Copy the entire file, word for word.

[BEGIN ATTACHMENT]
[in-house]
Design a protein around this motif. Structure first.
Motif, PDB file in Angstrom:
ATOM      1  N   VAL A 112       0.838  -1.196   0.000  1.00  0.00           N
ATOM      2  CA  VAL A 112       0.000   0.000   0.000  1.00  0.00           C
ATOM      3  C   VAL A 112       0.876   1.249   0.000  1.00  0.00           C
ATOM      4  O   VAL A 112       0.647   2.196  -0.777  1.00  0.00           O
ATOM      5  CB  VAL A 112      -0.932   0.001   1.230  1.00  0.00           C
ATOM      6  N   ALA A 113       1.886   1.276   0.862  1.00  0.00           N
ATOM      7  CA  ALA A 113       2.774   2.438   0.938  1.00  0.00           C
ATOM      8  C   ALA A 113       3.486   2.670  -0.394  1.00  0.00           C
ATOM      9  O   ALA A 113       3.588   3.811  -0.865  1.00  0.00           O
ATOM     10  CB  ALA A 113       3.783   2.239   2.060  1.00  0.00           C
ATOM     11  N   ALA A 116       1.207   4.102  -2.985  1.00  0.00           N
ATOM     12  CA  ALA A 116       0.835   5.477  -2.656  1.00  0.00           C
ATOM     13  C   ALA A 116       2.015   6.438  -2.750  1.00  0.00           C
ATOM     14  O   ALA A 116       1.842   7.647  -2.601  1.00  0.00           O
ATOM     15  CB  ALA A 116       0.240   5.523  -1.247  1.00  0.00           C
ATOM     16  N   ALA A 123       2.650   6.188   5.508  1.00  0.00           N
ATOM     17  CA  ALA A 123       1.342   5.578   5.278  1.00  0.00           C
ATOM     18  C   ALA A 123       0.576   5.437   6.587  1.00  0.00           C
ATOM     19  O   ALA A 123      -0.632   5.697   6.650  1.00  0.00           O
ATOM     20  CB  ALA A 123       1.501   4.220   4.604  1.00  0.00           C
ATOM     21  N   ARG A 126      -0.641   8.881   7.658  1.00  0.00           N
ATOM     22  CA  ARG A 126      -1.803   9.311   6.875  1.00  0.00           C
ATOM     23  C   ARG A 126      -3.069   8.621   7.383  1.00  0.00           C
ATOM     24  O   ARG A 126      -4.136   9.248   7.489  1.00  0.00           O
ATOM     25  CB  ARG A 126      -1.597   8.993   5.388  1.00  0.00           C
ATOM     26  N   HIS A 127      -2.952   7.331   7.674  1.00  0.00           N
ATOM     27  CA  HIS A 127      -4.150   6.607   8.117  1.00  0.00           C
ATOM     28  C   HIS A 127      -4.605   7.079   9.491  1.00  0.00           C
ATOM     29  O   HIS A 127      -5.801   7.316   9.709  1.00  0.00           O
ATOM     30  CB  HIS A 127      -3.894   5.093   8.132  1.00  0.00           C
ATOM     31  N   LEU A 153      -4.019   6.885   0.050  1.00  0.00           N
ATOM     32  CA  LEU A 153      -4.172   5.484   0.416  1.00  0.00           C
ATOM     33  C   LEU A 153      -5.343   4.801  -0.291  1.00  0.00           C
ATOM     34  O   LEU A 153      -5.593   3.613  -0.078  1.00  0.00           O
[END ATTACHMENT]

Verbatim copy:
[in-house]
Design a protein around this motif. Structure first.
Motif, PDB file in Angstrom:
ATOM      1  N   VAL A 112       0.838  -1.196   0.000  1.00  0.00           N
ATOM      2  CA  VAL A 112       0.000   0.000   0.000  1.00  0.00           C
ATOM      3  C   VAL A 112       0.876   1.249   0.000  1.00  0.00           C
ATOM      4  O   VAL A 112       0.647   2.196  -0.777  1.00  0.00           O
ATOM      5  CB  VAL A 112      -0.932   0.001   1.230  1.00  0.00           C
ATOM      6  N   ALA A 113       1.886   1.276   0.862  1.00  0.00           N
ATOM      7  CA  ALA A 113       2.774   2.438   0.938  1.00  0.00           C
ATOM      8  C   ALA A 113       3.486   2.670  -0.394  1.00  0.00           C
ATOM      9  O   ALA A 113       3.588   3.811  -0.865  1.00  0.00           O
ATOM     10  CB  ALA A 113       3.783   2.239   2.060  1.00  0.00           C
ATOM     11  N   ALA A 116       1.207   4.102  -2.985  1.00  0.00           N
ATOM     12  CA  ALA A 116       0.835   5.477  -2.656  1.00  0.00           C
ATOM     13  C   ALA A 116       2.015   6.438  -2.750  1.00  0.00           C
ATOM     14  O   ALA A 116       1.842   7.647  -2.601  1.00  0.00           O
ATOM     15  CB  ALA A 116       0.240   5.523  -1.247  1.00  0.00           C
ATOM     16  N   ALA A 123       2.650   6.188   5.508  1.00  0.00           N
ATOM     17  CA  ALA A 123       1.342   5.578   5.278  1.00  0.00           C
ATOM     18  C   ALA A 123       0.576   5.437   6.587  1.00  0.00           C
ATOM     19  O   ALA A 123      -0.632   5.697   6.650  1.00  0.00           O
ATOM     20  CB  ALA A 123       1.501   4.220   4.604  1.00  0.00           C
ATOM     21  N   ARG A 126      -0.641   8.881   7.658  1.00  0.00           N
ATOM     22  CA  ARG A 126      -1.803   9.311   6.875  1.00  0.00           C
ATOM     23  C   ARG A 126      -3.069   8.621   7.383  1.00  0.00           C
ATOM     24  O   ARG A 126      -4.136   9.248   7.489  1.00  0.00           O
ATOM     25  CB  ARG A 126      -1.597   8.993   5.388  1.00  0.00           C
ATOM     26  N   HIS A 127      -2.952   7.331   7.674  1.00  0.00           N
ATOM     27  CA  HIS A 127      -4.150   6.607   8.117  1.00  0.00           C
ATOM     28  C   HIS A 127      -4.605   7.079   9.491  1.00  0.00           C
ATOM     29  O   HIS A 127      -5.801   7.316   9.709  1.00  0.00           O
ATOM     30  CB  HIS A 127      -3.894   5.093   8.132  1.00  0.00           C
ATOM     31  N   LEU A 153      -4.019   6.885   0.050  1.00  0.00           N
ATOM     32  CA  LEU A 153      -4.172   5.484   0.416  1.00  0.00           C
ATOM     33  C   LEU A 153      -5.343   4.801  -0.291  1.00  0.00           C
ATOM     34  O   LEU A 153      -5.593   3.613  -0.078  1.00  0.00           O